> 'Dungeon of Doom' zone then you'll see all ninety-nine other players
> there with you.
>
> In an instanced game, each group goes into their own copy of the zone.
> So even if a hundred players go into the 'Dungeon of Doom', you'll only
> see the other four or five people in your group there... for a hundred
> people the server would be running 15-20 _different_ copies of the
> 'Dungeon of Doom' zone rather than just one.
>
> Mark

Well, that throws me off Guild Wars for good -- I didn't know. I don't like
the isolation produced by instanced dungeons. I can play a single-player
game for that.
Anonymous
April 3, 2005 12:11:25 PM

Archived from groups: comp.sys.ibm.pc.games.rpg (More info?)

Grackle wrote:
> That takes away the most important aspect of an mmorpg, which is to
have
> people inhabiting the same world as yourself.

If you like camping, kill-stealing, ninja-looting, training, respawning
mobs and all the other delights that occur in MMOGs as a result. I'm
not a huge fan of instancing either, but it does have big benefits if
you want to create an online game that's more like a traditional RPG.

> All single-player rpgs
> are essentially linear storylines with milestones that trigger new
events.

As are the 'story' missions in Guild Wars. Again, I'm not convinced
it's the best way to design a game, but for the game they've developed,
it works pretty well.

Mark
April 3, 2005 10:21:57 PM

Archived from groups: comp.sys.ibm.pc.games.rpg (More info?)

Thus spake "Grackle" <nobody@lalaland.ca>, Sat, 2 Apr 2005 17:19:52 -0500,
Anno Domini:

><mmaker@my-deja.com> wrote in message
>news:1112285876.522696.238460@z14g2000cwz.googlegroups.com...
>> Hawklan wrote:
>>> What is 'instanced' - remember I am new to MMORPG's.
>>
>> In a traditional MMORPG there's one copy of each zone in the game, and
>> all players enter that zone: e.g. if a hundred players go into the
>> 'Dungeon of Doom' zone then you'll see all ninety-nine other players
>> there with you.
>>
>> In an instanced game, each group goes into their own copy of the zone.
>> So even if a hundred players go into the 'Dungeon of Doom', you'll only
>> see the other four or five people in your group there... for a hundred
>> people the server would be running 15-20 _different_ copies of the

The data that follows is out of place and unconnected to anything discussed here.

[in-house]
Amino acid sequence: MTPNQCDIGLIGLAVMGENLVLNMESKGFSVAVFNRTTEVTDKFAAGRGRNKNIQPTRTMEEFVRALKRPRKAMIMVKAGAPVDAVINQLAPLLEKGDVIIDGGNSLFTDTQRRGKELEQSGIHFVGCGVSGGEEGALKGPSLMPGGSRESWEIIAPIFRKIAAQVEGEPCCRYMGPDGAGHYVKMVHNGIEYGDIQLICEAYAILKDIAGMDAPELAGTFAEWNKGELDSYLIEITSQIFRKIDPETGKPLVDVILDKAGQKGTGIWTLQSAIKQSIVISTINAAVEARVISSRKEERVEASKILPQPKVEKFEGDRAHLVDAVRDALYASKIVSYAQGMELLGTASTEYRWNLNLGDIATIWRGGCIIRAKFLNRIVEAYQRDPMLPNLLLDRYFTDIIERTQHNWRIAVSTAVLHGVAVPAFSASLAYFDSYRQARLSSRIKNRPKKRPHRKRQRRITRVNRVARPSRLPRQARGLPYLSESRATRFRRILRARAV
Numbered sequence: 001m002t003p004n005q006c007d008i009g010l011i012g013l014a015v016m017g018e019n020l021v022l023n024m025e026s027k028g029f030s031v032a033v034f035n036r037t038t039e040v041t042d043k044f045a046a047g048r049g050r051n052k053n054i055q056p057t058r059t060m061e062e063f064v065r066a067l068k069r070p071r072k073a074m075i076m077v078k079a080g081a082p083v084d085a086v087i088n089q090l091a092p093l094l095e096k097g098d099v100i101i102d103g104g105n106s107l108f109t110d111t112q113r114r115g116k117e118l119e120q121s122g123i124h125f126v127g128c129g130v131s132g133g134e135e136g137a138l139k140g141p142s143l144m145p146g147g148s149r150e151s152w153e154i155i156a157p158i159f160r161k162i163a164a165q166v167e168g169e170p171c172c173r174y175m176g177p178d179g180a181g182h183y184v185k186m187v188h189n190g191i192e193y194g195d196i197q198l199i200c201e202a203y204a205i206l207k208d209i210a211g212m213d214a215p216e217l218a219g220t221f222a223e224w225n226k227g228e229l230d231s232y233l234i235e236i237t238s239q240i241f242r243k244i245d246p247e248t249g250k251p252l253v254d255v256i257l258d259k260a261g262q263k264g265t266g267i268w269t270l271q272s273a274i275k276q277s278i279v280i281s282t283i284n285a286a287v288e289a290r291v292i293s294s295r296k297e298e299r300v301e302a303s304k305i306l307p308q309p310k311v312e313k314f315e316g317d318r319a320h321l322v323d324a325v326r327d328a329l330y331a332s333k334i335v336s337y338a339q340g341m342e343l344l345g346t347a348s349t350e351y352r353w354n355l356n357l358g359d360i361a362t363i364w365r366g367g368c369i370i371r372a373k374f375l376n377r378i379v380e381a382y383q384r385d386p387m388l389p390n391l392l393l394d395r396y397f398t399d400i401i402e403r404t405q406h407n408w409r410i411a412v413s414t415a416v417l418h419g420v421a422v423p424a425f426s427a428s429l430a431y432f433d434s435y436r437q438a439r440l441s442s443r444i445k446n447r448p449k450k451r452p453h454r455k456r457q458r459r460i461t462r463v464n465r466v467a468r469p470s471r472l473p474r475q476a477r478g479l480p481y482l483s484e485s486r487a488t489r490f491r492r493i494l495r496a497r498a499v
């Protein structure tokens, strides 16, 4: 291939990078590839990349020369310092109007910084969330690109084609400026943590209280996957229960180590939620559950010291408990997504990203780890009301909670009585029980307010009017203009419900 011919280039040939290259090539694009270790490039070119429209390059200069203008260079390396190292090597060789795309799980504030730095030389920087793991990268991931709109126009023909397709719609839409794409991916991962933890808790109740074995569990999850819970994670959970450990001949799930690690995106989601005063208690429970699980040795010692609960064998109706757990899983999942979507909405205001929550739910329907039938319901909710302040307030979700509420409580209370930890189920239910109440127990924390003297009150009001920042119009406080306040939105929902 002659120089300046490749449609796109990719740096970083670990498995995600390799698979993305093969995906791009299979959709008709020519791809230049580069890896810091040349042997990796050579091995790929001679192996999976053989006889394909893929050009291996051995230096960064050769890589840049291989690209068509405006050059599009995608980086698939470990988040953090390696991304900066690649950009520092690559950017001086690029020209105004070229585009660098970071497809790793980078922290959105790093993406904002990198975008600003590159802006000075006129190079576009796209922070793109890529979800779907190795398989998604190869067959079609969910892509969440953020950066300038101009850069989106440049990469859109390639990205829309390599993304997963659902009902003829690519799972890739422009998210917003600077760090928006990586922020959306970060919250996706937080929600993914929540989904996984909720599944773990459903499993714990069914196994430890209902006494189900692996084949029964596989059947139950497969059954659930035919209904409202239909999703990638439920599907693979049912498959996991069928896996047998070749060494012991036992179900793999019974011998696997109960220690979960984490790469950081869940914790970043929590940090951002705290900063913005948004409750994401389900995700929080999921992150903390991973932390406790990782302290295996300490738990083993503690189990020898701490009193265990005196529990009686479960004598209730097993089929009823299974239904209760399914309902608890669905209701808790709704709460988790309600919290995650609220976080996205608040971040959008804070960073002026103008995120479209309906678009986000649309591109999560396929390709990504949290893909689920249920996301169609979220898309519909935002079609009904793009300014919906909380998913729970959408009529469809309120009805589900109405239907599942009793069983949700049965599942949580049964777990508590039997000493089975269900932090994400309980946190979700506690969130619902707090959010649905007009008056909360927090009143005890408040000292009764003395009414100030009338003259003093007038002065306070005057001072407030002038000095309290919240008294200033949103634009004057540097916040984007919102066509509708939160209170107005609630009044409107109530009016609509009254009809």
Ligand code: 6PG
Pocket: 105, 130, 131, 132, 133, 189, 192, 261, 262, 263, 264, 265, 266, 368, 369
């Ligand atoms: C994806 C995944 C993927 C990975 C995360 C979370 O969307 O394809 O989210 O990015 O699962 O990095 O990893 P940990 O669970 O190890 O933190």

>> 'Dungeon of Doom' zone rather than just one.
>>
>> Mark
>
>Well, that throws me off Guild Wars for good -- I didn't know. I don't like
>the isolation produced by instanced dungeons. I can play a single-player
>game for that.

I posted a suggestion for a semi-mmog concept a couple months back that I
thought would have a market: basically, you have a decent SP/co-op style
crpg (ala Gothic1/2, NWN, etc. Then you create an online framework for it,
kinda like D2/Guildwars where you can chat, trade & do other non-ingame
stuff. So, you get the feeling of a mmorpg, but you can still be the central
focus of the storyline (because the entire game is *your* instanced version,
along with none, 1 or more friends for co-op play. Games like BG1/2's style
would even benefit from this approach. You would have Steam-like *duck*
online content updates (w/o the bullshit manual patching); you could get
help & maybe even 'call in' a mate or two for a particularly tough battle,
rather than use dumb NPCs. The beauty of it is, you'd feel like you were in
a thriving, living world, with real people for background chatter. Perhaps
even common inns & taverns (with limited players per instance) where people
can 'team-up'. Of course, any progress has to apply to the host's world
snapshot, or optionally to all (but handled much better than D2's mission
structure which was just beggin to be exploited from day 1). Different
players could even be playing in different adventures/modules/area as part
of the illusion of a seamless world, but again, each players controls his
own character, savegames & quest progress. The way mmogs do it today leaves
a lot to be desired, with the storyline & quest depth & complexity
suffering. There's gotta a be a better way where everyone can feel like the
central hero, rather than a treadmill hamster or sheep *sigh*...

--
Replace 'spamfree' with the other word for 'maze' to reply via email.
Anonymous
April 3, 2005 10:21:58 PM

Archived from groups: comp.sys.ibm.pc.games.rpg (More info?)

"Nostromo" <nostromo@spamfree.net.au> wrote in message
news:o i8v41tmnr2cs4sblh8tninj19l04mvgc4@4ax.com...
> Thus spake "Grackle" <nobody@lalaland.ca>, Sat, 2 Apr 2005 17:19:52 -0500,
> Anno Domini:
>
>><mmaker@my-deja.com> wrote in message
>>news:1112285876.522696.238460@z14g2000cwz.googlegroups.com...
>>> Hawklan wrote:
>>>> What is 'instanced' - remember I am new to MMORPG's.
>>>
>>> In a traditional MMORPG there's one copy of each zone in the game, and
>>> all players enter that zone: e.g. if a hundred players go into the
>>> 'Dungeon of Doom' zone then you'll see all ninety-nine other players
>>> there with you.
>>>
>>> In an instanced game, each group goes into their own copy of the zone.
>>> So even if a hundred players go into the 'Dungeon of Doom', you'll only
>>> see the other four or five people in your group there... for a hundred
>>> people the server would be running 15-20 _different_ copies of the
>>> 'Dungeon of Doom' zone rather than just one.
>>>
>>> Mark
>>
>>Well, that throws me off Guild Wars for good -- I didn't know. I don't
>>like
>>the isolation produced by instanced dungeons. I can play a single-player
>>game for that.
>
> I posted a suggestion for a semi-mmog concept a couple months back that I